You’ll likely be put on a list so that schools know you’re available for short-term assignments (if a teacher is ill, for instance). If you choose that option, you’ll be teaching different grade levels, at different schools, covering different subject areas.
If you prefer to have a long-term substitute assignment, you can let the office that contacts subs know this. This way, you’ll be in one classroom at one school as a long-term sub. With the additional option of being hired by more than one district, you’re more likely to work full-time rather than intermittently.
Resources for ESL Education Professionals
Joining a professional ESL teacher association will benefit your career because of what you learn and who you’ll be interacting with. Aside from these two benefits, you’ll also be able to stay current with new practices and developments in the field of ESL education.
Researchers are learning more and more about how children learn language. Activities such as talking with fellow students during recess or lunch allow new English learners to assimilate everything they are learning from you.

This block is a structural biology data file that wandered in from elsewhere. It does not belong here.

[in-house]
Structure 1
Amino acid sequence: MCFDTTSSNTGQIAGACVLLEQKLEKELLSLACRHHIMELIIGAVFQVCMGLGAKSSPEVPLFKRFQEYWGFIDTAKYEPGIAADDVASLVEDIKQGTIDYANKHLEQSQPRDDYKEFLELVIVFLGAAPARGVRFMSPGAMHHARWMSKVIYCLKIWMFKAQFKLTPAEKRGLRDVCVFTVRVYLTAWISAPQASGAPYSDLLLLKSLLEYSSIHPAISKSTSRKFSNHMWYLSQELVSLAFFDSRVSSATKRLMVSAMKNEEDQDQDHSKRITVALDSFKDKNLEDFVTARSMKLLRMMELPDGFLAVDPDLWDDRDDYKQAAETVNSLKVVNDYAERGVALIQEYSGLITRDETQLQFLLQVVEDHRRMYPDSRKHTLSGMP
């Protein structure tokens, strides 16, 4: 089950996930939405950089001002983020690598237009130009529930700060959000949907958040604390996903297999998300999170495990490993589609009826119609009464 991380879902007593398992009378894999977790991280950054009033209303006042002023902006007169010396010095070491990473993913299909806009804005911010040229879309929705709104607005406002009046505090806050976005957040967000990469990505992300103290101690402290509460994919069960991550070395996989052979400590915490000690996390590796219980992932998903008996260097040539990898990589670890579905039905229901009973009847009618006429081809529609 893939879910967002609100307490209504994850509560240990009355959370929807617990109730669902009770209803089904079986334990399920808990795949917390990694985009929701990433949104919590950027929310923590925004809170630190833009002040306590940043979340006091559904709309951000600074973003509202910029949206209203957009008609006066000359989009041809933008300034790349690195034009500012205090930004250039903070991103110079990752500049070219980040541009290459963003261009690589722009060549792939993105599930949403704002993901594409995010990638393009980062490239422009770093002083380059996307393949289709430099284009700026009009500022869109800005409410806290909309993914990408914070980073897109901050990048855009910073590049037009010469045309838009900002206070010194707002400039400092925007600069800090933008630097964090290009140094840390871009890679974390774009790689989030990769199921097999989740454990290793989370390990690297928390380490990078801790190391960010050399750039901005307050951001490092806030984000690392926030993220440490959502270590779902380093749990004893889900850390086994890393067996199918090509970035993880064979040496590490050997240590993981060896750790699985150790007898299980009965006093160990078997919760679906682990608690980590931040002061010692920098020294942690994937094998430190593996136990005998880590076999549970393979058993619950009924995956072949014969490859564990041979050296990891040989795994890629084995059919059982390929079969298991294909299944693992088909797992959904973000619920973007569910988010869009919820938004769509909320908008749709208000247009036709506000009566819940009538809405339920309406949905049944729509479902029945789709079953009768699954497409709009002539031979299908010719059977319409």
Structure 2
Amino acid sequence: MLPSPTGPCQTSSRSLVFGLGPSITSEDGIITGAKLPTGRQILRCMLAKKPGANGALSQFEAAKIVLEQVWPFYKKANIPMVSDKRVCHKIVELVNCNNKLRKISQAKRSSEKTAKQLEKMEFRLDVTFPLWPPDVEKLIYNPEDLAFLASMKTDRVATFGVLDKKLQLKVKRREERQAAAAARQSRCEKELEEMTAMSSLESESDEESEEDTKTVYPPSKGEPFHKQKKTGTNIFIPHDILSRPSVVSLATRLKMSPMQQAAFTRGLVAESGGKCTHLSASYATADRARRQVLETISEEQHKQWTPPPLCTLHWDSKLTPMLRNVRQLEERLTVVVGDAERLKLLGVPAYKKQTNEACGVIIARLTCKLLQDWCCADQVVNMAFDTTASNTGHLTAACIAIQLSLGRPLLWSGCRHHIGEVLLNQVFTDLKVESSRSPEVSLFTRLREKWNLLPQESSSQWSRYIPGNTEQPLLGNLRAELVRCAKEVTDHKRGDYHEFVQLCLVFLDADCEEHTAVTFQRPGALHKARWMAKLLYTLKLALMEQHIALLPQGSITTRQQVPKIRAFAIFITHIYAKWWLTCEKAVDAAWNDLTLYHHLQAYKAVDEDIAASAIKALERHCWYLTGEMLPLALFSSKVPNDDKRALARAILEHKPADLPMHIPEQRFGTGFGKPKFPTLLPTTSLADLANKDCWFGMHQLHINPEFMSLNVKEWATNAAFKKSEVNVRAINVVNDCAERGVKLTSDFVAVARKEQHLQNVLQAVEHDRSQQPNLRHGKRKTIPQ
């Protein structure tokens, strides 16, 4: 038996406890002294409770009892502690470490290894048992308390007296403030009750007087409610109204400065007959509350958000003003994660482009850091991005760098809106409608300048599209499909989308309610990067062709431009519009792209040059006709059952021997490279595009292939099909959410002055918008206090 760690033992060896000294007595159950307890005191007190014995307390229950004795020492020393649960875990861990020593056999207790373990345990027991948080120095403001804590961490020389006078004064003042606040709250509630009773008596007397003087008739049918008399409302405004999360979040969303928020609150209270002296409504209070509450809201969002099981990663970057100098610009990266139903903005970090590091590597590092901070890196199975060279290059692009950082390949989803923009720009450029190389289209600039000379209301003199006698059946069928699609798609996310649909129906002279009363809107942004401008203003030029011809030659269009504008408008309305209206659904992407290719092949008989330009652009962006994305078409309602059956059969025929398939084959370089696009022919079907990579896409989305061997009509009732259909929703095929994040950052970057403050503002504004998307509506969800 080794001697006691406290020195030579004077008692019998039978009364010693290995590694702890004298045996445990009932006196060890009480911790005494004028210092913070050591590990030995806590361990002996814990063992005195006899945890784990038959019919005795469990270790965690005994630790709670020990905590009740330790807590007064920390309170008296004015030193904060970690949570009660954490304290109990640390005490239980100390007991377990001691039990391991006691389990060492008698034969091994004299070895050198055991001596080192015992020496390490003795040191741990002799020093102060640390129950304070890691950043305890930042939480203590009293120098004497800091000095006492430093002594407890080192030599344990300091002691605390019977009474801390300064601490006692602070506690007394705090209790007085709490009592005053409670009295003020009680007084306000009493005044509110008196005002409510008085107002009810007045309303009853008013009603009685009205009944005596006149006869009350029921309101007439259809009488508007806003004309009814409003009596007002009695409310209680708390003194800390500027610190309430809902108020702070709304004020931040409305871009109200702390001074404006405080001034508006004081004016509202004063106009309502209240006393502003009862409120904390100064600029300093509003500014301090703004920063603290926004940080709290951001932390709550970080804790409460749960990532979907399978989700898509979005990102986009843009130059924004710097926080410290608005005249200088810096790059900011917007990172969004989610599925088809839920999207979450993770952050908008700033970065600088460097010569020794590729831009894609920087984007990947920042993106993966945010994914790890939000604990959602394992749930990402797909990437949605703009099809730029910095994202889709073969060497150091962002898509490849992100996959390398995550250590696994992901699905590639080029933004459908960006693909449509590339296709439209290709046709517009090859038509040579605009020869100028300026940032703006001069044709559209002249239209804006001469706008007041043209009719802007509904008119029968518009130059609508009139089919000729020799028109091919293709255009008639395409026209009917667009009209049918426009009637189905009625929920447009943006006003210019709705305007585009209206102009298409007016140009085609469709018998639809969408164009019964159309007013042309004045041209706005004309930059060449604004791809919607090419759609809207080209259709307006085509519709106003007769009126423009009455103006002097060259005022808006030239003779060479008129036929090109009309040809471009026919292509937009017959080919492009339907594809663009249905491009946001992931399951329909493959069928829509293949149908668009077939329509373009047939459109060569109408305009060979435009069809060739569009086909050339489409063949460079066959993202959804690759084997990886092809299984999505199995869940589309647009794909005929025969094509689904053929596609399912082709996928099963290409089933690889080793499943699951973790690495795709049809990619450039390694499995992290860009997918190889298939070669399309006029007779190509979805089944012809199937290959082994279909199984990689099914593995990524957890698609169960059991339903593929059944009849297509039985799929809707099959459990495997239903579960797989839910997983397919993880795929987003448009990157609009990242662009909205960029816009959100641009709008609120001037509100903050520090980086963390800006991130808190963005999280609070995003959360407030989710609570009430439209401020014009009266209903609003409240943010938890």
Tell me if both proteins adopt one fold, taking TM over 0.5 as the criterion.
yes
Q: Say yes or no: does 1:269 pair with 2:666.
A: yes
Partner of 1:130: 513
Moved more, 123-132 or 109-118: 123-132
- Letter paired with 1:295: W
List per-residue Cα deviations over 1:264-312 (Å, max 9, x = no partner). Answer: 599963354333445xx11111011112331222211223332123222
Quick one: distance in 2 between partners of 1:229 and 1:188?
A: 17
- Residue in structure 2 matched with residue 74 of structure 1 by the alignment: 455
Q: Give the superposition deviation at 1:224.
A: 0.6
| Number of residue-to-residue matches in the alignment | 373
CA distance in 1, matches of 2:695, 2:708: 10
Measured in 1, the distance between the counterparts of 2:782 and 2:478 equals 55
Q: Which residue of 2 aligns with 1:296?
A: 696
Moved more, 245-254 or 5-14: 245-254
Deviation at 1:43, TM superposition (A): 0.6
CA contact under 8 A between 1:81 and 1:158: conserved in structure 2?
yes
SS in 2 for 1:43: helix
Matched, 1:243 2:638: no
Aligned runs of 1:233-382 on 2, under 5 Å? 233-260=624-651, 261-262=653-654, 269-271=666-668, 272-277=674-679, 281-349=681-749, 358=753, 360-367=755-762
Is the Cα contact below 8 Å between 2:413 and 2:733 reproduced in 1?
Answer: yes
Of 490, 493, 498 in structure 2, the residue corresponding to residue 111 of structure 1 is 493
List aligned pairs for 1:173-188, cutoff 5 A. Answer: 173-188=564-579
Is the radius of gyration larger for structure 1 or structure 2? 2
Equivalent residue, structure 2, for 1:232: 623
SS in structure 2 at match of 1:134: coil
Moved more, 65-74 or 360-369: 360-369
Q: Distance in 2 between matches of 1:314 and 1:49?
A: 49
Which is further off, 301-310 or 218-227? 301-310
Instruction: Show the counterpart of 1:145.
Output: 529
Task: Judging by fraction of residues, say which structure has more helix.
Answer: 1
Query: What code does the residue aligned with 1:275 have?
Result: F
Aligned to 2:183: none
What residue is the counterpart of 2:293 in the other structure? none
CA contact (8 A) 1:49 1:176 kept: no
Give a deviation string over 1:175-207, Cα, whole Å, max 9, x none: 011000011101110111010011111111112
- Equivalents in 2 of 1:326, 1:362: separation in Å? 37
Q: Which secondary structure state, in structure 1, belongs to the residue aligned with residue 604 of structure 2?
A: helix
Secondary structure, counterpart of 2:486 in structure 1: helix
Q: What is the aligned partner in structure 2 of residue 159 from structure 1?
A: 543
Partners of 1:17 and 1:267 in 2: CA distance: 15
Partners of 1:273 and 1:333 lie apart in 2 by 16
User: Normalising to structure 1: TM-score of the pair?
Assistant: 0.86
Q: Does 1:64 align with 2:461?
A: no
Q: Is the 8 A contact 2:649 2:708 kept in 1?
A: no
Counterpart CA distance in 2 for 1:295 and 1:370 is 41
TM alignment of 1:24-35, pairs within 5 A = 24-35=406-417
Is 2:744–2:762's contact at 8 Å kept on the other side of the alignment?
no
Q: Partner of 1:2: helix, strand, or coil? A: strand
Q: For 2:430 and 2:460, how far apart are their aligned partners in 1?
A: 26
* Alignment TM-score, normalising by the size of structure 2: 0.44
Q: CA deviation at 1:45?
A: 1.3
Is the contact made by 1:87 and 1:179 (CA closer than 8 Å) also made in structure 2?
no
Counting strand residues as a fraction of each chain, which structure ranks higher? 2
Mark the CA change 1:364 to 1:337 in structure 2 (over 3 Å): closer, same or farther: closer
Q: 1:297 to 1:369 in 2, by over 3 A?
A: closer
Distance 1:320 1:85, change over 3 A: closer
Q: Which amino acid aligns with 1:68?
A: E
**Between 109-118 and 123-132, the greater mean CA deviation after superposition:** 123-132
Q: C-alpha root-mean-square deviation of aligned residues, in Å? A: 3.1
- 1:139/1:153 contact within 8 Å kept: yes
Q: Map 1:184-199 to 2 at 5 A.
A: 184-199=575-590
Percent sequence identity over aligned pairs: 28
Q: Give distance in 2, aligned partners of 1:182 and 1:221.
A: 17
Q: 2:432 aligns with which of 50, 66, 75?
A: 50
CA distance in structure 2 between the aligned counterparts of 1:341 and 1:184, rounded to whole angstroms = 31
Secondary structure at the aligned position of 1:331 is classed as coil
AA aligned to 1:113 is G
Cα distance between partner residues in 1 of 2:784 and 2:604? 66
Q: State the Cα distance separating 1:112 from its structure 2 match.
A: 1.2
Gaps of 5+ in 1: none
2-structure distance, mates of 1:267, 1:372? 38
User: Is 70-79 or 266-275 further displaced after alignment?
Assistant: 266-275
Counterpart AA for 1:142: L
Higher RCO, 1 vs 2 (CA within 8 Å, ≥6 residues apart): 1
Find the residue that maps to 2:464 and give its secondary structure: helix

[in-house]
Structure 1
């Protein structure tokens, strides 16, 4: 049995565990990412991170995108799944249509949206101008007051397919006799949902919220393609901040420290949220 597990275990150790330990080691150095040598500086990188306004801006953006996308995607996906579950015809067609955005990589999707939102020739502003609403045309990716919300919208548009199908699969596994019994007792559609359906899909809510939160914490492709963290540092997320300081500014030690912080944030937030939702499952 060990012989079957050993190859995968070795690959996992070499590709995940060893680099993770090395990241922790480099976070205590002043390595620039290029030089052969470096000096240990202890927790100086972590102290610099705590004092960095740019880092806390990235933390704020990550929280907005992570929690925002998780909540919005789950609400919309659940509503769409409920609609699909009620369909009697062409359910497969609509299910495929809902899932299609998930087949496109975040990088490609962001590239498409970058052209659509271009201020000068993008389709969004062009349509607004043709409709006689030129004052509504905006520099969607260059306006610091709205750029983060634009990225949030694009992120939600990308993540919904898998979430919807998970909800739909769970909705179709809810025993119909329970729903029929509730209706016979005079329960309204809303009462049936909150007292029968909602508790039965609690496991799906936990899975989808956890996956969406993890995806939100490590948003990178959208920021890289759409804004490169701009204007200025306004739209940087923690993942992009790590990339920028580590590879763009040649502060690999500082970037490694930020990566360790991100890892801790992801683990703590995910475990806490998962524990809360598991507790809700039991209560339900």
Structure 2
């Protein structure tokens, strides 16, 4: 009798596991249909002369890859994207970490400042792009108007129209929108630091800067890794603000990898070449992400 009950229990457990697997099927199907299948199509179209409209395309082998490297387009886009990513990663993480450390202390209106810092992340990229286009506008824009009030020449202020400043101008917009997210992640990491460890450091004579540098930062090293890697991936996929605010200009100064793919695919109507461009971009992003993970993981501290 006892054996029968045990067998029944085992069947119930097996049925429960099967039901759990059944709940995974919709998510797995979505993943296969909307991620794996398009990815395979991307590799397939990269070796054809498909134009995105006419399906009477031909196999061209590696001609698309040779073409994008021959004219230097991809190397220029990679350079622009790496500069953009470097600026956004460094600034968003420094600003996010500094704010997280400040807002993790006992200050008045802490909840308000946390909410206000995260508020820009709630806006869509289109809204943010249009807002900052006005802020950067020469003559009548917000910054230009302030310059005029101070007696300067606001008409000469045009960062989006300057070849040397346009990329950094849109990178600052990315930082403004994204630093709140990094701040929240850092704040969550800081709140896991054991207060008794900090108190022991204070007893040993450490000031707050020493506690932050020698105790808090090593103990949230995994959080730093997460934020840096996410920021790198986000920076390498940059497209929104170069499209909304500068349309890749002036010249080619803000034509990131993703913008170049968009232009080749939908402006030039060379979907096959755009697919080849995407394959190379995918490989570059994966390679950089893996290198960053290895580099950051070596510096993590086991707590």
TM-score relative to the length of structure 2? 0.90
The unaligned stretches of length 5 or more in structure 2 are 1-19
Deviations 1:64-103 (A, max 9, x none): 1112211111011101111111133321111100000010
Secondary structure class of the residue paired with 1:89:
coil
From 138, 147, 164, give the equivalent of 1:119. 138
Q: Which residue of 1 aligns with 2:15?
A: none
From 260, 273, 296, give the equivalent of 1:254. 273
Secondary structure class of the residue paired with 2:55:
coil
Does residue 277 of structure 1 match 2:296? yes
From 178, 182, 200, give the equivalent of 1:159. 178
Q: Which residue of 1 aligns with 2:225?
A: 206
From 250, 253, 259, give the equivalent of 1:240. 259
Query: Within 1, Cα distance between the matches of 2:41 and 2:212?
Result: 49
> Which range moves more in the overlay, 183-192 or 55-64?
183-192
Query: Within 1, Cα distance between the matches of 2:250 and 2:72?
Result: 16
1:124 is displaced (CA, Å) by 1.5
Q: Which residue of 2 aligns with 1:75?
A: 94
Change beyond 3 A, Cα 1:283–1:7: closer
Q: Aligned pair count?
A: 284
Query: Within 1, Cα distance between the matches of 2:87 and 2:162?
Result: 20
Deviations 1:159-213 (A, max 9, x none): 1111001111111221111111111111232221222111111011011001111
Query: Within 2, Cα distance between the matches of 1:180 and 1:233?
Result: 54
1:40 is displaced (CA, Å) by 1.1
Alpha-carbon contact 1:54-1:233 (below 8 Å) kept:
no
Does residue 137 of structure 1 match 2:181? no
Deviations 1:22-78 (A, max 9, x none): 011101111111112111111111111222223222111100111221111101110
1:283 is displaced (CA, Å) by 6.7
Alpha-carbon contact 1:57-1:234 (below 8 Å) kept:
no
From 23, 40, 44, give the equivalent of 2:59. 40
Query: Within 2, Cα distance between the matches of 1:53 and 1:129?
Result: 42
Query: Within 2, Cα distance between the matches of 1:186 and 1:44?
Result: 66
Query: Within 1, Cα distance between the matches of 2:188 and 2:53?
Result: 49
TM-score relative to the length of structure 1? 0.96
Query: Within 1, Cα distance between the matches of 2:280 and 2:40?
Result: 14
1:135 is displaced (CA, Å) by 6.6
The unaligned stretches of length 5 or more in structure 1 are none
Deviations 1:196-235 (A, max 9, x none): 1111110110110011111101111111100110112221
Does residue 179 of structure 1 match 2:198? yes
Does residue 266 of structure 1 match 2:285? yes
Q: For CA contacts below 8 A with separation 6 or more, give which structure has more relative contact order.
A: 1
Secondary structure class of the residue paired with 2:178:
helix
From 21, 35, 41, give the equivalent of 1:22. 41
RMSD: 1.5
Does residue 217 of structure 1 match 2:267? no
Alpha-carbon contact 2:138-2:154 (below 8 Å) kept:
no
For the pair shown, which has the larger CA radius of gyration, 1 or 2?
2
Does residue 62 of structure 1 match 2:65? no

Researchers of ESL education may also belong to associations; they will present their research and findings at industry conferences, so you and your fellow educators can learn what is happening in your field. And, when you return to your classroom, you’ll be able to put this new knowledge into practice in your classroom.
No matter what association you join, you’ll gain high-value knowledge that you’ll be able to make use of right away. While the professional focus of each group may differ, you and your students are sure to benefit.